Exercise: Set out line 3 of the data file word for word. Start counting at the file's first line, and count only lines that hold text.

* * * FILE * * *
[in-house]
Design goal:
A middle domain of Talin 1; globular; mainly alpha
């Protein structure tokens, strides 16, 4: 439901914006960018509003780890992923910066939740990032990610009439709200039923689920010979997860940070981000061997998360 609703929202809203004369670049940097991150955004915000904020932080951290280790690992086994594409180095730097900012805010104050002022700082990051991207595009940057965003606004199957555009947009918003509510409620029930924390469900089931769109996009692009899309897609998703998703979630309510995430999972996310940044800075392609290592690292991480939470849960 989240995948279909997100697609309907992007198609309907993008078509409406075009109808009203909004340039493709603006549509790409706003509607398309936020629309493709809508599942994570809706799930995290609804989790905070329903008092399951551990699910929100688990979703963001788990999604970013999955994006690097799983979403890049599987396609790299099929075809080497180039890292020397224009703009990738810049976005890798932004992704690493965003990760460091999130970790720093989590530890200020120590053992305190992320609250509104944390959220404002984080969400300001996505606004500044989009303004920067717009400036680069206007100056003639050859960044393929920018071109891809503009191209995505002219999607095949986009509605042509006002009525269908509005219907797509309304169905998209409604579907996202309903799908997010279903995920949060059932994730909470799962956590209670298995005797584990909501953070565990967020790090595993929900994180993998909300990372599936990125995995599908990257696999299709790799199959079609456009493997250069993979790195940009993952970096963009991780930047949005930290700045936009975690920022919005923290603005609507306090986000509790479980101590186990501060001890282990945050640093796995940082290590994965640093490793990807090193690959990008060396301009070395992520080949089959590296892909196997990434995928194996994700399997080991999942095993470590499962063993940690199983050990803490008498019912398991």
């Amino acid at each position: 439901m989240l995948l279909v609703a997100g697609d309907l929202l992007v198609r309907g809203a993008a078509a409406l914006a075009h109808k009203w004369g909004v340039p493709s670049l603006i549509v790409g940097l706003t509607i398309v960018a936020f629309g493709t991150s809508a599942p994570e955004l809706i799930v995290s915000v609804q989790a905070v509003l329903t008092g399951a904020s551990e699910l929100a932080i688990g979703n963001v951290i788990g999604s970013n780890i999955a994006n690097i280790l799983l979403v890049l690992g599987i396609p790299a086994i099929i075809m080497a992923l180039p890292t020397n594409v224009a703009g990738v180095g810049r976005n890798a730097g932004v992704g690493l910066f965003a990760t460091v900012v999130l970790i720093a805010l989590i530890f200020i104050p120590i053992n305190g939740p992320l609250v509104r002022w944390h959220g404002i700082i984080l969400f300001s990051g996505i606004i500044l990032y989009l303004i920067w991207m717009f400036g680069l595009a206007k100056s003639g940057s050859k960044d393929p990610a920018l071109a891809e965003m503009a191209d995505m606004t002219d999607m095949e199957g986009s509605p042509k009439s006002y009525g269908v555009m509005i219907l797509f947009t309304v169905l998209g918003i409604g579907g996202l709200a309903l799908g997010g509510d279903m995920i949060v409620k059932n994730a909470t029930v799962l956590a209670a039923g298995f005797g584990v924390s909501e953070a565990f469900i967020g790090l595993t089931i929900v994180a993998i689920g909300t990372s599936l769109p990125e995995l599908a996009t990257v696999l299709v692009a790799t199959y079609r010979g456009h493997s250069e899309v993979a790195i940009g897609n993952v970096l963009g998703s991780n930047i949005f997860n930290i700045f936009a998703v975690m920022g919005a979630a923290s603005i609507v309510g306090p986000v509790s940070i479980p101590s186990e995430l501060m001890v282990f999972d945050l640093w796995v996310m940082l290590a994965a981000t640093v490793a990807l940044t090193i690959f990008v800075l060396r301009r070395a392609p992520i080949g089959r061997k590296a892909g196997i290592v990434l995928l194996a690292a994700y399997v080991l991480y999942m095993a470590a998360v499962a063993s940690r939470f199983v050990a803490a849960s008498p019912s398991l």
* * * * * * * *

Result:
A middle domain of Talin 1; globular; mainly alpha